Marathon explains success in shale growth, pleasing investors

By Luke Geiver | August 13, 2019

Marathon Oil is delivering on its plans to grow its North American shale resource production base, generate free cash flow and deliver investors with fiscal value through share buybacks or dividend payments. During the exploration and production company’s second quarter update, Lee Tillman, CEO of Marathon, provided color on Marathon’s year to date.

According to Tillman, Marathon has returned roughly 25 percent of net operating cash flow back to shareholders this year. Since the start of 2018, Marathon has repurchased $950 million of its shares. Recently, the board approved a plan for Marathon to spend roughly $1.5 billion in share buybacks in the future.

Tillman and the Marathon team told investors that share buybacks are currently the preferred mode they will use to provide shareholders with value. They will continue to provide a dividend as well.

For six straight quarters, Marathon has posted positive free cash flow numbers. In Q2 this year, that total was roughly $137 million. Tillman said any higher oil prices will result in greater free cash flow generation, but not an increase in activity. Moody’s and other investment agencies have recently upgraded the rating of Marathon, Tillman also pointed out.

Across its major U.S. shale plays—the Eagle Ford, Bakken, Delaware Basin and SCOOP/STACK—Marathon has found ways to drive down total well costs despite being at various stages of development in each play. In the Bakken and Eagle Ford, Marathon is in full-field development mode. Activity in both plays reveals how the company is working to expand the known (or perceived) core area. Marathon produces 104,000 bopd (85 percent oil) in the Bakken and another 109,000 boepd in the Eagle Ford (56 percent oil). In the STACK/SCOOP, Marathon is in the early development stage, producing roughly 82,000 barrels of oil equivalent per day with strong gas-to-oil ratios. In the Delaware Basin, Marathon is still holding acreage through drilling activities and also delineating the best plan for the future. The company is producing an oil cut of roughly 60 percent.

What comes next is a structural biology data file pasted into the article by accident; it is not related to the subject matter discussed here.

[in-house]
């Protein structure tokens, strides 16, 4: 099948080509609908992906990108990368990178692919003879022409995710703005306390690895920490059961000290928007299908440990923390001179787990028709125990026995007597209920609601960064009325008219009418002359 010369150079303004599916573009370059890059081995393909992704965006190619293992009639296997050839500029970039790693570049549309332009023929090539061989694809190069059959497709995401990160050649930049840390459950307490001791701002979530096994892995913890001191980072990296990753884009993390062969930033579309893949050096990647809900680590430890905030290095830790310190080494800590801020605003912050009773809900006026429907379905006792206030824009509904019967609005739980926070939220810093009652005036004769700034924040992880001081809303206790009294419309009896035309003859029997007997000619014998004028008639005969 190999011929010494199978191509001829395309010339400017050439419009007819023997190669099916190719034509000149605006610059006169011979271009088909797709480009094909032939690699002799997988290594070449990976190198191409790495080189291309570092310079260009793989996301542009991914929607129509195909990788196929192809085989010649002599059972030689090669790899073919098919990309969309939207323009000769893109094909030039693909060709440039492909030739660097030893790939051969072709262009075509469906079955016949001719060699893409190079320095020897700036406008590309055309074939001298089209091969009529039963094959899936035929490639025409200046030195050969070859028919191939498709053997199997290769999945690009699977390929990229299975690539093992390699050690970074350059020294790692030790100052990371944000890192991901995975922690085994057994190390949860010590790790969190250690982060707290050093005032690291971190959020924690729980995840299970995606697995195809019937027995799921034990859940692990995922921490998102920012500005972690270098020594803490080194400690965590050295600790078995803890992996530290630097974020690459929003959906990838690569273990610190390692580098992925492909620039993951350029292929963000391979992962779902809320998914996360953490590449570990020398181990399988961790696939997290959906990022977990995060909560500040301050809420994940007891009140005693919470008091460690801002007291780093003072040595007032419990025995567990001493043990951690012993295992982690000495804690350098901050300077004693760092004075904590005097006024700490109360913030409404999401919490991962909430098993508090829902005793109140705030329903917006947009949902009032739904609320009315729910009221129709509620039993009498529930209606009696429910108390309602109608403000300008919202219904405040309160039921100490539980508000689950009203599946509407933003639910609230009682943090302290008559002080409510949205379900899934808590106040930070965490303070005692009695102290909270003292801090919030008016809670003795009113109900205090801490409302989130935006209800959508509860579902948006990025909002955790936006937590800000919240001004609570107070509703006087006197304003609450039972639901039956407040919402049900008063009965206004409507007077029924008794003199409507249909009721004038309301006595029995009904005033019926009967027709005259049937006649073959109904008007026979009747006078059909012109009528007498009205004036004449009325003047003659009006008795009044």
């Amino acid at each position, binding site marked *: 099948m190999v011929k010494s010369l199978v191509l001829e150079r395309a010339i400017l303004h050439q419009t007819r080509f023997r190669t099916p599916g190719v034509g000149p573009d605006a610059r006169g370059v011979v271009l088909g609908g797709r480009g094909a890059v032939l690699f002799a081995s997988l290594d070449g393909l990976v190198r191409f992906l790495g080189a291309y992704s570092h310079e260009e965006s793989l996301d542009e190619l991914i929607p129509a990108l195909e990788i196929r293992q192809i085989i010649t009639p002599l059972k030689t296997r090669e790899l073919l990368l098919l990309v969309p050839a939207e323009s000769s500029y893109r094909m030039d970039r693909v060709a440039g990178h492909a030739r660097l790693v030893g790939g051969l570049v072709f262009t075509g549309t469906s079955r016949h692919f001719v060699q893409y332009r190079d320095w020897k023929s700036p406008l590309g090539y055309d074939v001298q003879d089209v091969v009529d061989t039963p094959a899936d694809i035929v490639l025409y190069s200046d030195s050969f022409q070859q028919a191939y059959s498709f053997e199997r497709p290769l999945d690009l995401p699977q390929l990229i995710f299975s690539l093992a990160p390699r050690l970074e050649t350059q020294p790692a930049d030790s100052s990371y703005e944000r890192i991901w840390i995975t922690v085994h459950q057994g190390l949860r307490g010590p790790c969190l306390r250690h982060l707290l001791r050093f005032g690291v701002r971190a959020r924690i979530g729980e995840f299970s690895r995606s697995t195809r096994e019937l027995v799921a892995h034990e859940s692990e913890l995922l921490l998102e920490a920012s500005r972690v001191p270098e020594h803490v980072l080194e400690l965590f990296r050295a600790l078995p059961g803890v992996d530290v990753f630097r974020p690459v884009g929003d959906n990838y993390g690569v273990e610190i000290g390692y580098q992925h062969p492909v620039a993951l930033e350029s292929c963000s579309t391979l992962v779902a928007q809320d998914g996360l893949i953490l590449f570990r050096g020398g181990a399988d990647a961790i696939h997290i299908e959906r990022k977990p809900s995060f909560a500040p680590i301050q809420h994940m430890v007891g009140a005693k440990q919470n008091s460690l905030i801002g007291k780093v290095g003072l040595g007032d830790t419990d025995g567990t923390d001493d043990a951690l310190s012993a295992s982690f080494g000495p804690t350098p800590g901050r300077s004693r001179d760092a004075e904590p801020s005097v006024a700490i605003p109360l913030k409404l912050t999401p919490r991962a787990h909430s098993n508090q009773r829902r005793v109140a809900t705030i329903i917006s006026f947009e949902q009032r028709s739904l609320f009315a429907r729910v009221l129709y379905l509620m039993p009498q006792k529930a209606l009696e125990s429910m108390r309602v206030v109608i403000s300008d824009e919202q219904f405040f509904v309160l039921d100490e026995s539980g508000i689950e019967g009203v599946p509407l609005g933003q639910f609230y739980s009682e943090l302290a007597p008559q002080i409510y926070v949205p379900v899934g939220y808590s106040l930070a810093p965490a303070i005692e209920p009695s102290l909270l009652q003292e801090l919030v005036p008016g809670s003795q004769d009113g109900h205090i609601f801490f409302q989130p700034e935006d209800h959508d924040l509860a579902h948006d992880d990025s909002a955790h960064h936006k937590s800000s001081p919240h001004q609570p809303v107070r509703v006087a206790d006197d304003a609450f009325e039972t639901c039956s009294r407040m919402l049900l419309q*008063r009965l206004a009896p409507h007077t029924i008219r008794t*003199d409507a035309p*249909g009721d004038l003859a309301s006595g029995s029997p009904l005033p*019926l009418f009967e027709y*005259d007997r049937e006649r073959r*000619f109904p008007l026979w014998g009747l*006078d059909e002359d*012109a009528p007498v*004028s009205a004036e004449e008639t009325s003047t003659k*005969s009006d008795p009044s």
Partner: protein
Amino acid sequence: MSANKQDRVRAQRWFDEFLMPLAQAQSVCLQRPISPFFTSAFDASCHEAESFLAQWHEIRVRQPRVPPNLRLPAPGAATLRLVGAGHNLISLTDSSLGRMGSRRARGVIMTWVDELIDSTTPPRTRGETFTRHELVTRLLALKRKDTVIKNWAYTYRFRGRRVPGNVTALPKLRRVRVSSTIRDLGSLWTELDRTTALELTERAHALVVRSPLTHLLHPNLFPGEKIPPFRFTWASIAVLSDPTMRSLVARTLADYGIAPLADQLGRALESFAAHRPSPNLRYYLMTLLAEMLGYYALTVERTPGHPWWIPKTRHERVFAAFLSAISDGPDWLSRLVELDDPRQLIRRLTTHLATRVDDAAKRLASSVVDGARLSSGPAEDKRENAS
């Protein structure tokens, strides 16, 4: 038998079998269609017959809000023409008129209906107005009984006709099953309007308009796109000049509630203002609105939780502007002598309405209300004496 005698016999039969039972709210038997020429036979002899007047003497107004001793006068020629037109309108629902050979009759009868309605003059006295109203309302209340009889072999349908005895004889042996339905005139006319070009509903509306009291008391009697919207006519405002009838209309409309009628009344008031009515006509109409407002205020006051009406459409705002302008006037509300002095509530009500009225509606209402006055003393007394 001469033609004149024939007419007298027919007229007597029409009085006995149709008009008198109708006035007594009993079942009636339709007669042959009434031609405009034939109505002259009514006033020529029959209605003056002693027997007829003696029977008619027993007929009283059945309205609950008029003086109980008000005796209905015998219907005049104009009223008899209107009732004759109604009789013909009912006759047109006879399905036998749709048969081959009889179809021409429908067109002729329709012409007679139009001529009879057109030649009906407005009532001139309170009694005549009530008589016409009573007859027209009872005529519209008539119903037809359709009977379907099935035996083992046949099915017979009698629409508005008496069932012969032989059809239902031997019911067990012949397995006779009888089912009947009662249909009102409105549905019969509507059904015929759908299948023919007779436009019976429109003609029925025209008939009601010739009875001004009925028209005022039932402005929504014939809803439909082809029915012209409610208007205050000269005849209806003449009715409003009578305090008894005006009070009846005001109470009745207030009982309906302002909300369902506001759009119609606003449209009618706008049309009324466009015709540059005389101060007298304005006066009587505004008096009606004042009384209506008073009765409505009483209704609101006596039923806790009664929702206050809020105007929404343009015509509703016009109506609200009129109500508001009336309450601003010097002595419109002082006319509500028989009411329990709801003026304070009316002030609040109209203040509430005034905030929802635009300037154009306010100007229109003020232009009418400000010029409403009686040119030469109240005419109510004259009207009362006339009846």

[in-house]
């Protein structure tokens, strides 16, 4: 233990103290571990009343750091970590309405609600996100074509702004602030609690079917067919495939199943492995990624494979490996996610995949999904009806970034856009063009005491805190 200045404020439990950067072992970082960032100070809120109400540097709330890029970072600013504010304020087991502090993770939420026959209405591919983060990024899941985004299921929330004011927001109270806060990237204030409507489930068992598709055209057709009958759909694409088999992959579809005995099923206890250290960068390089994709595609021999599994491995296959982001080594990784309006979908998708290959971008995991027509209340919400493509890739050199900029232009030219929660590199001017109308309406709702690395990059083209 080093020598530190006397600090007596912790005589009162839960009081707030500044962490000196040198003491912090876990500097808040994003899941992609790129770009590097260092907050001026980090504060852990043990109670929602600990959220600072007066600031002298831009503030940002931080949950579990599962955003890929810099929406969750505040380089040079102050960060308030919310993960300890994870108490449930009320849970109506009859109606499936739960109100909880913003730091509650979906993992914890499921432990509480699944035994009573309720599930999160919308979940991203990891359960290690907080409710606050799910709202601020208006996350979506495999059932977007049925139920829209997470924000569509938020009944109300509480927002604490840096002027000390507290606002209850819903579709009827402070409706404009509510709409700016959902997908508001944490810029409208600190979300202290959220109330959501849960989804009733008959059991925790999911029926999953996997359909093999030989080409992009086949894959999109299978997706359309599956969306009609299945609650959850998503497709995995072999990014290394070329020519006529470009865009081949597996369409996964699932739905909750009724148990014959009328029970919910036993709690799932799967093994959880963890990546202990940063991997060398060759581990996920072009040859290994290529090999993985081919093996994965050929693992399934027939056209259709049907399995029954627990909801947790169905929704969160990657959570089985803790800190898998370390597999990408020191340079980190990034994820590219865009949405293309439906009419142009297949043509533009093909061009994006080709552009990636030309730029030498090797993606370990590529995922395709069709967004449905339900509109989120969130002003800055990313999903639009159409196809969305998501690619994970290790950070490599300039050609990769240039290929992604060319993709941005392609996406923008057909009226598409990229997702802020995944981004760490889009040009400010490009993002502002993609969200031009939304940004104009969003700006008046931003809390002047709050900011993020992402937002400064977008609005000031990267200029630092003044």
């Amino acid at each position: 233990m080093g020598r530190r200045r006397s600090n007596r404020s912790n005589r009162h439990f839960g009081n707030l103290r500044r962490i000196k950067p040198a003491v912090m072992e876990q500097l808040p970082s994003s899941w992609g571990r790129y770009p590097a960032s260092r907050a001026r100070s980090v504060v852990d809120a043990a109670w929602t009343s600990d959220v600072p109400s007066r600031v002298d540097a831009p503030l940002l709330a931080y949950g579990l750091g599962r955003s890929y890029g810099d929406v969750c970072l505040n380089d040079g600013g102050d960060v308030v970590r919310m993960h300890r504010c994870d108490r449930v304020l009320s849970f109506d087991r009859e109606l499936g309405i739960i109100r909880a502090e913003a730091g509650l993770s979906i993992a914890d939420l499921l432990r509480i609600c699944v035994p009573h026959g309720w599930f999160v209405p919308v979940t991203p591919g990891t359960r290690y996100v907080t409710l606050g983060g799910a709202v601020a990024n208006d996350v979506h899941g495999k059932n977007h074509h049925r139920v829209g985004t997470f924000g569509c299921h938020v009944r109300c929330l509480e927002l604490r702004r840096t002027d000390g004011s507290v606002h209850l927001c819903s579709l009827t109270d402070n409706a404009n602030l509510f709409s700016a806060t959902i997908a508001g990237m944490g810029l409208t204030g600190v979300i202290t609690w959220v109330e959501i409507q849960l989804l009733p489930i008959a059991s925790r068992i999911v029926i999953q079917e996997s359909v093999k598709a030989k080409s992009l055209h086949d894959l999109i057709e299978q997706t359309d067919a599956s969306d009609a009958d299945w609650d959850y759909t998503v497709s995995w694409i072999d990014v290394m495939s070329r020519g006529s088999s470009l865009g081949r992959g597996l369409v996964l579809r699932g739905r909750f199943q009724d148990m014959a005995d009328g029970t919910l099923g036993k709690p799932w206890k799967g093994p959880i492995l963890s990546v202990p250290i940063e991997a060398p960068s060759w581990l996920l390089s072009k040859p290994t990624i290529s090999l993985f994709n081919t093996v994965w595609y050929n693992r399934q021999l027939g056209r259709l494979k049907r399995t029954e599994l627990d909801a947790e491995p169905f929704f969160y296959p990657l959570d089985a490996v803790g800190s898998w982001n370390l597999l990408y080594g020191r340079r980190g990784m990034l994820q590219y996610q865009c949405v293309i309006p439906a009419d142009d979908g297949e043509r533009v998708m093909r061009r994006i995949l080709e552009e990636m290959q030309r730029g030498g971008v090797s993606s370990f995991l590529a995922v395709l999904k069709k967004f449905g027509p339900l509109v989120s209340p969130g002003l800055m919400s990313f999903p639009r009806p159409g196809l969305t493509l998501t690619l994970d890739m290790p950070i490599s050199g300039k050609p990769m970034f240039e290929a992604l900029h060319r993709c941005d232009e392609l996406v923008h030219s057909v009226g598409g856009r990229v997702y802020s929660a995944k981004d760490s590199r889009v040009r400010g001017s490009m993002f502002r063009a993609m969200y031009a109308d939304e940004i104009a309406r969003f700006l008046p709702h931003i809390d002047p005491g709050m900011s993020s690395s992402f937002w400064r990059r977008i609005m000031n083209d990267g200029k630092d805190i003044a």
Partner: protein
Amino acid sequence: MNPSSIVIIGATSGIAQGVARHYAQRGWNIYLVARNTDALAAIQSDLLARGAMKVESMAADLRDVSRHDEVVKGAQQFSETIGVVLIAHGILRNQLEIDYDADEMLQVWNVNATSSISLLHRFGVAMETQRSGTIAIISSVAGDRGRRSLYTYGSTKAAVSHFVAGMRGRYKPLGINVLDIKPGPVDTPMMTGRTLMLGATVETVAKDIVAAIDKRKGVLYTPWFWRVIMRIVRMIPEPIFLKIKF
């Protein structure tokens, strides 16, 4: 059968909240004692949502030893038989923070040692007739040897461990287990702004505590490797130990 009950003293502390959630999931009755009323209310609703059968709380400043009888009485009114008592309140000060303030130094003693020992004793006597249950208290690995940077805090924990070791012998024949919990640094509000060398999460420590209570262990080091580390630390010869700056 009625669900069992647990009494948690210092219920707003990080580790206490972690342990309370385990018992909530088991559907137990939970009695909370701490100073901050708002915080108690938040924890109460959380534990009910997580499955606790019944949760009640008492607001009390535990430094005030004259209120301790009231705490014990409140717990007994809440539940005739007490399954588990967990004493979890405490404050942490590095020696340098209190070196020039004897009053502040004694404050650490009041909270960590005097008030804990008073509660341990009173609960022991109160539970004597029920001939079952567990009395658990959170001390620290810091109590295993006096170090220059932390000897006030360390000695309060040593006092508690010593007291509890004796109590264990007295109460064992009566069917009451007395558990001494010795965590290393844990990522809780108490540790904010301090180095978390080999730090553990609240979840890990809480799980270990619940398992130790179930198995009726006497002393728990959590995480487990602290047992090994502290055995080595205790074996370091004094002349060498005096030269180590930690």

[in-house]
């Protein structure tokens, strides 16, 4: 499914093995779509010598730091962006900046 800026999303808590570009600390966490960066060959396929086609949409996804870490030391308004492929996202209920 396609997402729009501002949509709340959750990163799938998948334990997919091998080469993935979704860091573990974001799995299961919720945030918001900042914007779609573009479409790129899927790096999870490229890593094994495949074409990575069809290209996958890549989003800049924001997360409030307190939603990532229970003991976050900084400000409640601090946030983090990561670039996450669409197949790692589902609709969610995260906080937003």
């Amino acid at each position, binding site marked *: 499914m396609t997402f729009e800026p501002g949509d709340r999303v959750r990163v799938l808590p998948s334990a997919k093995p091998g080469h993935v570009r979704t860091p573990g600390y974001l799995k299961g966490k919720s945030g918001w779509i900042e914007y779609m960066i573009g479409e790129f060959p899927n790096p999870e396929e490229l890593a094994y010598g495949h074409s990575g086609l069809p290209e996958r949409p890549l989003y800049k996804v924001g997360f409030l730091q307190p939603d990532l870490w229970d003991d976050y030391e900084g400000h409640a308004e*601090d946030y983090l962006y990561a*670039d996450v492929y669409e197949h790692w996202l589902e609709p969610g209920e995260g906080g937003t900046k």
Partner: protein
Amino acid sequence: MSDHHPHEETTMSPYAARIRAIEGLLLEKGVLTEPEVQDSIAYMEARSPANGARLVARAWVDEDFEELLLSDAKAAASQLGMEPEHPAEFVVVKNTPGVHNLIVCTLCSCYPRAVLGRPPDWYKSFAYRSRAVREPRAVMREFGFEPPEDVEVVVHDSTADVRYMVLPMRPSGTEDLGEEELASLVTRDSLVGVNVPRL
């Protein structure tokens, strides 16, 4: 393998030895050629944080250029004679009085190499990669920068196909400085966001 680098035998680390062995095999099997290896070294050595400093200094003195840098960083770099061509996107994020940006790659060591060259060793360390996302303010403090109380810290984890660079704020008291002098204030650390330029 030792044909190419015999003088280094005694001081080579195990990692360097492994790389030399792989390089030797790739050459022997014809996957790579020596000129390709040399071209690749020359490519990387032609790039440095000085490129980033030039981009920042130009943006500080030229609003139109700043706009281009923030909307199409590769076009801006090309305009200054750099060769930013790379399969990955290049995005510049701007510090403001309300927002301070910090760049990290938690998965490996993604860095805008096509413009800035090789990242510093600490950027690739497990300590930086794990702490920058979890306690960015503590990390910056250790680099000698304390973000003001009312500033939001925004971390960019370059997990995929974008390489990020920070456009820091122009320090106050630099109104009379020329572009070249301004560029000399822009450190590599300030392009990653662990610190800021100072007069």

According to Tillman, Marathon’s Bakken work is gaining a reputation as best-in-basin. “On a 90-day cumulative oil production basis, we now account for 20 of the top 25 wells in the Williston Basin,” he said, noting that the company only accounts for 9 percent of the total well count in the play. Well costs in the Bakken are now roughly $5 million or lower for Marathon.

For the year, Marathon has spent $1.2 billion of its preplanned development budget of $2.4 billion. Tillman said Marathon is right on track to deliver on its preplanned budget total for the year.